Thus it will be seen that the various Chapters of the Charter are closely interrelated. They seek to deal with various trade problems which, though they arise in widely different forms, require consistent treatment if the central objective of the Charter, namely

"To assure a large and steadily growing volume
of real income and effective demand, to increase
the production and exchange of goods, and thus to
contribute to a balanced and expanding world eco-
nomy" (Article 1 (1) )

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The Article contemplates that tariff concessions negotiatod under it will be incorporated in the Goneral Agroement on Tariffs and Trade conoluded at Geneva on October 30, 1947 and expanded at Annocy in 1949. It further contom plates that if any Member fails within two years after becoming a Member to negotiate its way into the General Agroement on Tariffs and Trade, the other Members who are parties to that Agreement may be released from their obligations under Article 16 to give the non-negotiating Member the benefits of the concessions which they granted in the Gonoral Agreemont on Tariffs and Trade.

3. National Treatment with Respect to Intornal Taxes and

Regulations (Article 18)

Article 18 embodios a rocognition by Members that intornal taxes and regulations should not be used as protective measures, and that products of a my member country importod into any other member country shall not be subject to internal taxes or charges in excess of those applied to like domo gtic products. It requires similarly that internal regulations must not be applied to imported products in a more burden some manner than to domestic products,

Regulations roquiring the mixture of domestio products with imported products are forbidden for the future, though od sting mixing re qe irements are permitted to continue, These may not be increased and aro subject to negotiation for their liberalization. This exception will permit the continuance of the mixing regulations imposed by the United States with respect to synthetic rubber, which is the only regulation of this type used by the United States.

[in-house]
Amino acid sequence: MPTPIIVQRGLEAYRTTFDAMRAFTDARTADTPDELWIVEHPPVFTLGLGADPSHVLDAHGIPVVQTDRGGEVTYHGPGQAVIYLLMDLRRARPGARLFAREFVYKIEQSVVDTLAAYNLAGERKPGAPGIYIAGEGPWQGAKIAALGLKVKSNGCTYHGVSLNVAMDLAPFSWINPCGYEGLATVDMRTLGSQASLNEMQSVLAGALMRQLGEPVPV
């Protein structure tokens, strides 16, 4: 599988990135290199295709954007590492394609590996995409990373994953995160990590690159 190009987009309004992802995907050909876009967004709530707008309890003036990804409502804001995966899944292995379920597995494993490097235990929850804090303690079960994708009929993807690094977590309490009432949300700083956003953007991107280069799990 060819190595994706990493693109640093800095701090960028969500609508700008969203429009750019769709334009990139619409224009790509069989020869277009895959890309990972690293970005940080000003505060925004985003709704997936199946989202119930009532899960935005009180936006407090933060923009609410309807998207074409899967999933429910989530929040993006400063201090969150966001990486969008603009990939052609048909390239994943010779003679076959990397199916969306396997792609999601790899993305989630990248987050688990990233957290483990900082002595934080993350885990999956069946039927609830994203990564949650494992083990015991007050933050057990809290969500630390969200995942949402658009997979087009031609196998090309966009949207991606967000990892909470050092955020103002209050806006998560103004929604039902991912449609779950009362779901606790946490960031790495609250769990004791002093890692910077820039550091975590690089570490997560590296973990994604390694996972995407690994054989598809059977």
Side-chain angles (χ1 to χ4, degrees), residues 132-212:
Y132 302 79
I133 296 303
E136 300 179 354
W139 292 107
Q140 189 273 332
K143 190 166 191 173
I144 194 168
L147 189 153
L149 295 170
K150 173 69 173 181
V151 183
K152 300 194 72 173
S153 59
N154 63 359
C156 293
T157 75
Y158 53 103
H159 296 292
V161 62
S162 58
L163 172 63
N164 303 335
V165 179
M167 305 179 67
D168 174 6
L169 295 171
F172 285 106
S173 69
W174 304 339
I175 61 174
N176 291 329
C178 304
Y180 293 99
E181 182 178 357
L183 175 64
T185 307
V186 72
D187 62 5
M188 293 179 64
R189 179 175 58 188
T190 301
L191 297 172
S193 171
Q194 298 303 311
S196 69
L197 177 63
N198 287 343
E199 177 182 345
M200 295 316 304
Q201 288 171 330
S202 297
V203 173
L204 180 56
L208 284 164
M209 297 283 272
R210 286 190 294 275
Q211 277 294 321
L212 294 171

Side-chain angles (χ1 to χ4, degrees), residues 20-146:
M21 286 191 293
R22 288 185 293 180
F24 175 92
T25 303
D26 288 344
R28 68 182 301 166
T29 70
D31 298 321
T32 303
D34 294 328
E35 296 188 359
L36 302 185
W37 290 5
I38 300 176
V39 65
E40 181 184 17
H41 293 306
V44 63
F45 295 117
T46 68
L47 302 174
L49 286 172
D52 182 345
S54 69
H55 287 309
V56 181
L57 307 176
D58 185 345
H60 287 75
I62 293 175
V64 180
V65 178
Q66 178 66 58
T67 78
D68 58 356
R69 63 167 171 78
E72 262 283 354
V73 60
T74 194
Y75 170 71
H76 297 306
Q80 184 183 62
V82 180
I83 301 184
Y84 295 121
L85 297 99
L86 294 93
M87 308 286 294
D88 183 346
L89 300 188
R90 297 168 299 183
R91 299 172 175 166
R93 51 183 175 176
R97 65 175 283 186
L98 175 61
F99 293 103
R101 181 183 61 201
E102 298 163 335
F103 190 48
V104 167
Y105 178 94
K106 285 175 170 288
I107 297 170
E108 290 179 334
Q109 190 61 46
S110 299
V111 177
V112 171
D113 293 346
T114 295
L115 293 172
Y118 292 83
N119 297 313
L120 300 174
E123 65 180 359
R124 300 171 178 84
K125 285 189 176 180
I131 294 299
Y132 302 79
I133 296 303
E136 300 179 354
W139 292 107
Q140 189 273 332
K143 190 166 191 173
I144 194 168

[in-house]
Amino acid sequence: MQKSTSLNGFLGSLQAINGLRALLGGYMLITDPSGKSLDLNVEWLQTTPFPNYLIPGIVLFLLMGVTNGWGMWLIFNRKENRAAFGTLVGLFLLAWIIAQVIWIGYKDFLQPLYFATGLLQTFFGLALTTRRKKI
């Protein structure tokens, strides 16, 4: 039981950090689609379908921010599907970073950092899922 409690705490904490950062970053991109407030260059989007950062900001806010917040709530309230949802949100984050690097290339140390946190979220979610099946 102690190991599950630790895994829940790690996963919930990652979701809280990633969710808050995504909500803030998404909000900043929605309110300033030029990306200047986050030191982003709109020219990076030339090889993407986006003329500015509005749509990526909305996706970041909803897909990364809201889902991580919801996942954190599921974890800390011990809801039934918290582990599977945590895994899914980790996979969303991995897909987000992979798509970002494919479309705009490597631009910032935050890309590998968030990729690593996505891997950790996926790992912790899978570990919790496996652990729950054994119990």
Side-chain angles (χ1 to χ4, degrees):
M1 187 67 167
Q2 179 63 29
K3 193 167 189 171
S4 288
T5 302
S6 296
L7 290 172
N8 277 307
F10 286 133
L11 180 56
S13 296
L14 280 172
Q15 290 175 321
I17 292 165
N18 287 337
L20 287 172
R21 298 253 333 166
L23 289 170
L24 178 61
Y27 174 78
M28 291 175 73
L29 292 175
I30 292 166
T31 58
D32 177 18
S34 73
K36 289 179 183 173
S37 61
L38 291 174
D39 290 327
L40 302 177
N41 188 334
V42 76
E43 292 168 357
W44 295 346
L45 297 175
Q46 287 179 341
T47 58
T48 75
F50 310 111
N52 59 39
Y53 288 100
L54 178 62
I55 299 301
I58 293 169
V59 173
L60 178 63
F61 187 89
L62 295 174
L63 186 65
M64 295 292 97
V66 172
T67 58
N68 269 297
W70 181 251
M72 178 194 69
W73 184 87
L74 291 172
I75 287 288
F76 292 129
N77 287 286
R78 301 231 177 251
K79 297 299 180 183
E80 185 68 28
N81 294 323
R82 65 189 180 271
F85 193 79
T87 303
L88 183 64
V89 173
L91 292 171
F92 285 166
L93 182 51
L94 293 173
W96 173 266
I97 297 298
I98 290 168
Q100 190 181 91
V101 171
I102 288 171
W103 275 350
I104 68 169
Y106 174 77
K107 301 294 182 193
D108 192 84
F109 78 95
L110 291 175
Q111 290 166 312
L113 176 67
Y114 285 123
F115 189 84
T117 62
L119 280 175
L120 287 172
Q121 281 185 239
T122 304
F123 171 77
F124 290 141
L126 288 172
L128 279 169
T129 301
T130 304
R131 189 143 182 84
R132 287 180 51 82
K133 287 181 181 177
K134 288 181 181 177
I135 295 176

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Provision with Respect to Motion Picture Films
(Article 19).

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Motion picture films are different from ordinary imports in that their valuo is not in the film itself, but in its earning power. Hence, the tariff is not an adequate protective device for motion picture films. It was therefore agreed that protection for dame stio motion picture industries could bo given by a so-called screen quota, which reserves a cortain proportion of the playing time in domostio theaters for films or domestio origin. The amount of time thus reserved is made subject to negotiation, as are tariff rates, and the balance of timo not reservod cannot be allocated as botween imports from difforent sourcos.


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Section B deals with quantitativo rostrictions (such as quo tas) and related exchange mattors. The Soction contains a genoral commitment not to use quantitativo restrictions. This rule has cortain excoptions, the most important of which are that agricultural or fisheries Imports may be limited when the produs tion or marketing of the like domestic product is limited, and that imports may be limited whon a country 18 in balance-of-payments difficulties. Tho dotermination as to whether a country is or 18 not in balance-of-payments difficulties rests with the International Monetary Fund. # If a country 18 permitted to restrict imports by quotas, it is required to apply those restrictions in a nondiscriminatory manner, excopt, during the postwar transitional period con templatod by tho Fund Agreemont, when it may discriminato in the application of quotas permitted for balanco-of-payments reasons. 1. General Elimination of quantitative Restrictions (Artiolo 20).

Article 20 contains a basic undertaking of Members not to use quotas to restrict imports or exports. This is one of the major commitments in the Charter, since quotas are potentially most obstructivo of all barriers to trade. A tariff, oven though high, may be surmounted if there is sufficient demand, but the quota imposes an absolute limitation upon the amount of products which may be admitted.

Thoro are, no Cossarily, important qualifications to the full application of this principle. Somo of those are permanent, others tomporary. Tho not effect of Section B, however, is a goneral ban on the di ota as an instrumont of protection, though it may, undor corta in circumstancos, bo used for specifiod other purposos.

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The International Monetary Fund was established in 1945 as a means of promoting stability in the field of foreign exchange. Forty-eight nations are members, United States membership was authorized by the Congre 88.